Audio postcard: Addressing Ebola myths by interviewing a survivor

Jefferson Massah interview
Jefferson Massah, right, interviews Ebola survivor Fredrick Momo in Totota, Liberia.

In Liberia, misconceptions abound surrounding Ebola, as strange cloaked and masked healthcare workers invade communities. Many Liberians are afraid to visit health centres, even when they are sick, believing they will be “sprayed” with unknown chemicals and left to die.

In Bong County, Liberia, Jefferson Massah has been interviewing community leaders and international agencies for updates on what is being done to help the community deal with the Ebola virus. His show, Ebola Situation Report, is part of a local taskforce that share the latest information on infections, visitors to the health centres and new construction on health facilities.

For one show, Jefferson interviewed an Ebola survivor. This gave him a chance to dispel some of the myths surrounding the disease. Fredrick Momo explained that health centres are a great place to get treatment, and that any “spray” is simply to remove germs from patients so they do not infect each other or health workers. Listen to part of Jefferson’s interview (the interview has been condensed from what originally aired on Radio Gbarnga).

Jefferson: “A local drug peddler commonly known as Black Bag Doctor in Totota, Salala District, has survived Ebola after he came down with the virus. Fredrick Momo contracted the virus while providing home medication for a woman who later died from the virus. During a visit in Totota over the weekend, I met Fredrick Momo at his residence after being discharged from the JFK Ebola Treatment Centre and declared cured. He now tells his story.”

Fredrick: “When I was threatened from Ebola I was taken to JFK for treatment. When I got there . . . . When you have been positive, all of Bong County said don’t go because when you go they are going to spray you and you are going to die. So when I was sick I suffered a lot of people telling me ‘Don’t go, don’t go.’ But I said ‘Not go? How? I am not going to get well.’ They said, when the car pulled up, ‘Are you willing to go?’ I said ‘Yes! I am willing to go!’ I got in the car and went to JFK. As soon as I went, they started my treatment, right away. They treated me, they feed us three times a day in the hospital. There, no problem, when you get there. But if you are going, don’t take or carry anything. Don’t think about clothes, don’t think about trousers, don’t think about food. As you get there, they take good care of you. You eat three times a day. They get you clothing. They give you a bathing suit. They give you a towel. Everything that you think of, that a man needs, they give to you.”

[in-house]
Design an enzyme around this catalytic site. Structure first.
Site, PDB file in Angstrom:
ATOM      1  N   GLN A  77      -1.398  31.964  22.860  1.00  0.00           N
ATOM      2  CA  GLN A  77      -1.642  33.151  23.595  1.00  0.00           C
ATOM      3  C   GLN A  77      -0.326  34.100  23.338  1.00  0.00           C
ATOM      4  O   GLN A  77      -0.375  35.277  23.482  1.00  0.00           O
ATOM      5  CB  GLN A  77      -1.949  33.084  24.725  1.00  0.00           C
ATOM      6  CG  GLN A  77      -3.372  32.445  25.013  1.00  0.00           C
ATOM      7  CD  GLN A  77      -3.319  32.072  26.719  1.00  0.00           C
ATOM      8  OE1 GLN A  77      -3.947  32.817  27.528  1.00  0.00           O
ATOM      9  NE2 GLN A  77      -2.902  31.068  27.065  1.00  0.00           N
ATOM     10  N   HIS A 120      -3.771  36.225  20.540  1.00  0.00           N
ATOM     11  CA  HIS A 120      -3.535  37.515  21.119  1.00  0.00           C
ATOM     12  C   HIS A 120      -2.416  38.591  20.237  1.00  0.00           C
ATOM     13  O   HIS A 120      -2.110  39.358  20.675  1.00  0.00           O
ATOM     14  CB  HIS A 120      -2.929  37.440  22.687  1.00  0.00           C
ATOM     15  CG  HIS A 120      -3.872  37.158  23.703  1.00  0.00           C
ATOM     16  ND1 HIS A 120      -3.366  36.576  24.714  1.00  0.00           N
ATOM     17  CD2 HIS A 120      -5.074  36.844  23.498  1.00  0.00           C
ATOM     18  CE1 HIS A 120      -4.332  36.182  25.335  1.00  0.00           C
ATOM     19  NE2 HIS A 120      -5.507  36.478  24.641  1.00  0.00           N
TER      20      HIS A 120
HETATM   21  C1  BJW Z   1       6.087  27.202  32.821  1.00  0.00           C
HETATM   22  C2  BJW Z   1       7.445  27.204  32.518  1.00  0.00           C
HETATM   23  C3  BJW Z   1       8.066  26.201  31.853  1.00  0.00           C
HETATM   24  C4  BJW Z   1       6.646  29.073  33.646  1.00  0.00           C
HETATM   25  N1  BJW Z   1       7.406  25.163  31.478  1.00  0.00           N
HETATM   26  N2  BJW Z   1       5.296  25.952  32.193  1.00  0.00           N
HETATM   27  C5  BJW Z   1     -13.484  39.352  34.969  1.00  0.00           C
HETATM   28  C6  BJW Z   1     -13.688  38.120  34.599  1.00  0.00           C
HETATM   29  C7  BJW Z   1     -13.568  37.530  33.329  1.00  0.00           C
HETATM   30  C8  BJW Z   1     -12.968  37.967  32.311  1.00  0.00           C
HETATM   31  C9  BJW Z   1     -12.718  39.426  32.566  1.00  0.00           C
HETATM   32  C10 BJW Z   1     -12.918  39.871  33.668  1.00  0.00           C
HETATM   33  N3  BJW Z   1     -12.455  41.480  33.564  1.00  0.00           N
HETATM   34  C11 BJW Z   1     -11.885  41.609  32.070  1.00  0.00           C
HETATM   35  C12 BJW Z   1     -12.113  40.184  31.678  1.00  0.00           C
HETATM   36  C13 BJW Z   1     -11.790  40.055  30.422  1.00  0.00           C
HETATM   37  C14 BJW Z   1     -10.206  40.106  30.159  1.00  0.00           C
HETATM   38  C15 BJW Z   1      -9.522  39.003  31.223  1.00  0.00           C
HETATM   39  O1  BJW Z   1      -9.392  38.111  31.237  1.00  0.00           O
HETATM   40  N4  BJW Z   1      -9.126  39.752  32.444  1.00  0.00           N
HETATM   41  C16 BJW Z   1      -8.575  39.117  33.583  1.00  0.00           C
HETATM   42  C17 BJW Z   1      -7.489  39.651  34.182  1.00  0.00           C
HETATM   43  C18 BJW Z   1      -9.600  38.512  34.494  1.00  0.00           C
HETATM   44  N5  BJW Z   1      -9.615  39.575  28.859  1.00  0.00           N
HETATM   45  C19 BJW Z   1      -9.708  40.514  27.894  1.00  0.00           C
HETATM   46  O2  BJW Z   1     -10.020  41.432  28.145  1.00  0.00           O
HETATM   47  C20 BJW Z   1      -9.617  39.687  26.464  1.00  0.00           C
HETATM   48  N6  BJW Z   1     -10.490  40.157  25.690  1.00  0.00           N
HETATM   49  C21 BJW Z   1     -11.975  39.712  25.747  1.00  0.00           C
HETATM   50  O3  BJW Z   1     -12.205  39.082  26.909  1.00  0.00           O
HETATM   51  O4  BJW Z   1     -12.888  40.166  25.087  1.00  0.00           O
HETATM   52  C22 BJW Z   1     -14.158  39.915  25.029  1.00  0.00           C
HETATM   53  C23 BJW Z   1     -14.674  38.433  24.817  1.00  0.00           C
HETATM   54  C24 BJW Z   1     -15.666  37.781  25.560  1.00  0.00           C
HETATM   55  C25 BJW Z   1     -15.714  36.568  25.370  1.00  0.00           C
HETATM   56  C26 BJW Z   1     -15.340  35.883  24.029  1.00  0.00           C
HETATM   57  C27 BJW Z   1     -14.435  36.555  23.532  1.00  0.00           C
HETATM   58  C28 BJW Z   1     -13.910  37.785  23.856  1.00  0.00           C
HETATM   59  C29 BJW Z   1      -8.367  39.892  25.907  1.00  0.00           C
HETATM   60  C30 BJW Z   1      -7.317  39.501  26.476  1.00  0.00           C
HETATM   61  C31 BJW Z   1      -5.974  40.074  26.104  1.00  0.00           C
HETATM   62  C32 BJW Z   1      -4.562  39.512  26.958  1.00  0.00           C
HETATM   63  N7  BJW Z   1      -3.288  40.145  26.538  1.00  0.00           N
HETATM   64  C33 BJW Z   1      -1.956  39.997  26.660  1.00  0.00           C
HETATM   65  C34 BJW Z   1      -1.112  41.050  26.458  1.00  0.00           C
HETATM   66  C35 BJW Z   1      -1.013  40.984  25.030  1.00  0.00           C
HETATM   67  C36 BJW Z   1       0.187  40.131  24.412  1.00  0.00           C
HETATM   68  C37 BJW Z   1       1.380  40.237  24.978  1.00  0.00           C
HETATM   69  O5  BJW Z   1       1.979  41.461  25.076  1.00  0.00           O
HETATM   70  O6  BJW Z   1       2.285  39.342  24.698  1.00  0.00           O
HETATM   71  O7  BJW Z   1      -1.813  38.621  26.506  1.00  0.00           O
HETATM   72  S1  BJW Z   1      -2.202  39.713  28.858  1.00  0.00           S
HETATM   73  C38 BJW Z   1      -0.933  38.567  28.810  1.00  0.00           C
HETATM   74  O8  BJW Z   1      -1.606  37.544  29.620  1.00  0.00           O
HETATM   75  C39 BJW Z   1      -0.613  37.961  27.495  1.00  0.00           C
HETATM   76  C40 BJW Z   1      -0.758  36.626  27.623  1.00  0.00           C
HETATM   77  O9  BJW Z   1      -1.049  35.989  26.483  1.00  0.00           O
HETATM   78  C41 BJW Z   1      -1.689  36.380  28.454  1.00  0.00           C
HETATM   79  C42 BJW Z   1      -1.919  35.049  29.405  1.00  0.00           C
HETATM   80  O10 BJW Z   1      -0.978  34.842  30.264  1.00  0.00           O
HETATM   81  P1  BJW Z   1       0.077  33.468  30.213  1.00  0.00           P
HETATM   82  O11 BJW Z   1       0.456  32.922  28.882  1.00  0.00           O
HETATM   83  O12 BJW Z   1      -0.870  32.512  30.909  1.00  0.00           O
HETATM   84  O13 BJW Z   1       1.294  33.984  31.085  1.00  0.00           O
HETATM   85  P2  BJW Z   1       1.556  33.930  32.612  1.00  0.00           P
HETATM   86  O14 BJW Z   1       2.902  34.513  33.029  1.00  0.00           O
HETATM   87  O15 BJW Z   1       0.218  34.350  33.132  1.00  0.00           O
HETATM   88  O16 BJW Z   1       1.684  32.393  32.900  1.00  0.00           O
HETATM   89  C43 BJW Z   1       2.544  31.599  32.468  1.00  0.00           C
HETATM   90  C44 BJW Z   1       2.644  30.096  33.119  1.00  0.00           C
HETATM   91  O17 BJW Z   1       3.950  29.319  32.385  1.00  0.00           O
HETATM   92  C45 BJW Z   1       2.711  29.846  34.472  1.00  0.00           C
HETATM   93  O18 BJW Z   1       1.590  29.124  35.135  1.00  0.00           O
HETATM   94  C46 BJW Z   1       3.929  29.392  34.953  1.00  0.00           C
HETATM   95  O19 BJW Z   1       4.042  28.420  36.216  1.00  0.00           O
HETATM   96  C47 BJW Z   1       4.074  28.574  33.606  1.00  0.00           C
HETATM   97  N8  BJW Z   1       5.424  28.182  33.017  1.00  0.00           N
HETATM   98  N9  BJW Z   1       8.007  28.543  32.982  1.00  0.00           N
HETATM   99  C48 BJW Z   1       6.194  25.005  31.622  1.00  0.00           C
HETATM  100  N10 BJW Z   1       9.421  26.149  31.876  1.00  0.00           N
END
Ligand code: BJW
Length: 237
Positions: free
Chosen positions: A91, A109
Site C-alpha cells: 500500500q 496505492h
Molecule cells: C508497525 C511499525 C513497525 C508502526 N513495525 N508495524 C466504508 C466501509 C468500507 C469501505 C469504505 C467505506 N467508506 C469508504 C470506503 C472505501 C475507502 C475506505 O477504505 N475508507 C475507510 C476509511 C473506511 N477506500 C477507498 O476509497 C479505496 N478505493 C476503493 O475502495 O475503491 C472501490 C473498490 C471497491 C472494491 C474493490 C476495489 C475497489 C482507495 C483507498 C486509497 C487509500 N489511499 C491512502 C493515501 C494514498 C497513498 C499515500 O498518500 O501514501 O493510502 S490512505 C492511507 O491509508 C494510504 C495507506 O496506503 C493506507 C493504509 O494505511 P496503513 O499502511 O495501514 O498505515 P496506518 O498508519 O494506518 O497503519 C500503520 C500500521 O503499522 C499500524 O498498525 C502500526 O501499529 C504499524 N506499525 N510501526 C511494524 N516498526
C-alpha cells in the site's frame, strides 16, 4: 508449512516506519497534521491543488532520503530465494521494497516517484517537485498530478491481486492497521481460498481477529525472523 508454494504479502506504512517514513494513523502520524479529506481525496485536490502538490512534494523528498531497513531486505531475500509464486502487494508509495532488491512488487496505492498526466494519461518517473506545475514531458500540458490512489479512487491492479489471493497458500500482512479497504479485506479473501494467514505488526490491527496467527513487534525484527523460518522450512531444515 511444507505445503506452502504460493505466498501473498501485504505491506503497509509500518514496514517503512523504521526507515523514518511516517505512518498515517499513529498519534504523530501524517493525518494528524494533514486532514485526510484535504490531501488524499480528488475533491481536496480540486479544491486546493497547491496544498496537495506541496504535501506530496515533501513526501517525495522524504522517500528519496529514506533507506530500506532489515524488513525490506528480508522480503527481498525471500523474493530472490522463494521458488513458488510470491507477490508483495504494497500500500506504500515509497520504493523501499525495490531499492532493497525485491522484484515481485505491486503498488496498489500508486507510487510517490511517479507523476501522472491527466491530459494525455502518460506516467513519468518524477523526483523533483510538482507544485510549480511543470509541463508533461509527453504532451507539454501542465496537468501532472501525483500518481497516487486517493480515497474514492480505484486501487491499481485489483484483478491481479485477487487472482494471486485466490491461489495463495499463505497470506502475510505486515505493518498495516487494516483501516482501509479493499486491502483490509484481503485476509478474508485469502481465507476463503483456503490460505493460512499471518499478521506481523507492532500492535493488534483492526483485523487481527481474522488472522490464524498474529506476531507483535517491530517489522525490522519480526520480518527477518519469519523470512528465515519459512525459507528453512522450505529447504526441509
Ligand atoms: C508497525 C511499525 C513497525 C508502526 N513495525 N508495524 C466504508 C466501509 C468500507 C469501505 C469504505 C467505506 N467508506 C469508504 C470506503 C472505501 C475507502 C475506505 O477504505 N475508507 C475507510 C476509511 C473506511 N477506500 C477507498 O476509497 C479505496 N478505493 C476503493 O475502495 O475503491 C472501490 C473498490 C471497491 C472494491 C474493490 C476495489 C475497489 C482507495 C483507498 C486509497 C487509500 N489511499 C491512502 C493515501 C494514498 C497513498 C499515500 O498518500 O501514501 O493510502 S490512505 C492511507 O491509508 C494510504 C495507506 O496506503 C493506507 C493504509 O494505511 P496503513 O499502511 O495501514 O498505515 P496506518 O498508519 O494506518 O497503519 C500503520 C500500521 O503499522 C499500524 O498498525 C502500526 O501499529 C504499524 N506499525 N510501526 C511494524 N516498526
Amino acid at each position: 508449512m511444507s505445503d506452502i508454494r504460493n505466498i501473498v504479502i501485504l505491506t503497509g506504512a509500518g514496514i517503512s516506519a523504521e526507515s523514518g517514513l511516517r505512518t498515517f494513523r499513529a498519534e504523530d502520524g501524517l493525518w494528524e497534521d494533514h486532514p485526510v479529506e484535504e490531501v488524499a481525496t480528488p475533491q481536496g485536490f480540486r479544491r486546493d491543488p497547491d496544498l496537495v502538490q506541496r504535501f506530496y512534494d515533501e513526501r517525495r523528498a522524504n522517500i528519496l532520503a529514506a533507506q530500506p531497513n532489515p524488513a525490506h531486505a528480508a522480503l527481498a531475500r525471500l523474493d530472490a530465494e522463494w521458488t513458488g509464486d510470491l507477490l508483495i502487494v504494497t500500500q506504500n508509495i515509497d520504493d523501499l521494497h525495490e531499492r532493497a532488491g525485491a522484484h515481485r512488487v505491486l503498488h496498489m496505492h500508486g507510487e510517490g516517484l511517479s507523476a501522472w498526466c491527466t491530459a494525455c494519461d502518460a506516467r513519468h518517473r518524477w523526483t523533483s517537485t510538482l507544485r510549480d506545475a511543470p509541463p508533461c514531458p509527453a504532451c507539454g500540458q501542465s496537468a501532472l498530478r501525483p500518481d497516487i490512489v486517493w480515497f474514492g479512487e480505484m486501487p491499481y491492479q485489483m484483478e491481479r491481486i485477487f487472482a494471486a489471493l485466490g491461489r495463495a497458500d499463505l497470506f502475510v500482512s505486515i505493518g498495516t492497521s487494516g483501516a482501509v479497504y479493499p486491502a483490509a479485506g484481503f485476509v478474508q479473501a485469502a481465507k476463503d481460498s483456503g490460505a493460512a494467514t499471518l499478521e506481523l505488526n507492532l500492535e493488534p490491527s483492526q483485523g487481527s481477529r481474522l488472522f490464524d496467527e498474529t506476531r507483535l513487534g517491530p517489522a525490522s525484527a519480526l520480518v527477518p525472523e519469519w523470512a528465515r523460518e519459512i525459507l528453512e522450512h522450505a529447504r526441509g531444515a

. . .

Jefferson: “So what message do you have for those who still believe that Ebola is a man-made thing, or maybe people want to make money. . . . So that is why people are talking about Ebola. You come from there, so what can you tell people?”

Fredrick: “The only thing I have to tell people is: let everybody forget about saying that, or that or that. Ebola is real. Wonder how anybody — Liberians — if you are caught sick, if anything come on you, my advice to you today, Tuesday, if you can’t find a way, travel anyway to the centre and let them know you are sick so that they can come to your aid. But when you go there, then you have nothing. When you go they spray you up. Nothing. [inaudible]

They spray your hand, your feet so that you can’t get the germs. They [germs] can be on you continually and maybe you might touch something and someone else go touch it. So whatever happens, I don’t want you to say ‘Oh I don’t want to go there because people are going to die.’ They [critics] are supposed to convince me not to go to the centre, but my experience is to go when I am sick. If I see them [doctors], I am going to make it. So I said, ‘No, I’ve got to go.’ My fever was high. So if you feel your fever high, you go. Nothing will happen to you. They will take good care of you. Anything you can think of, they will do it for you.”

The Ebola Situation Report airs on Radio Gbarnga in Bong County, central Liberia. Farm Radio International has reached out to Jefferson to support his team in setting up “beep-to-vote” technology. “Beep-to-vote” will allow Radio Gbarnga to hear their listeners’ attitudes on, opinions of and experiences with Ebola.

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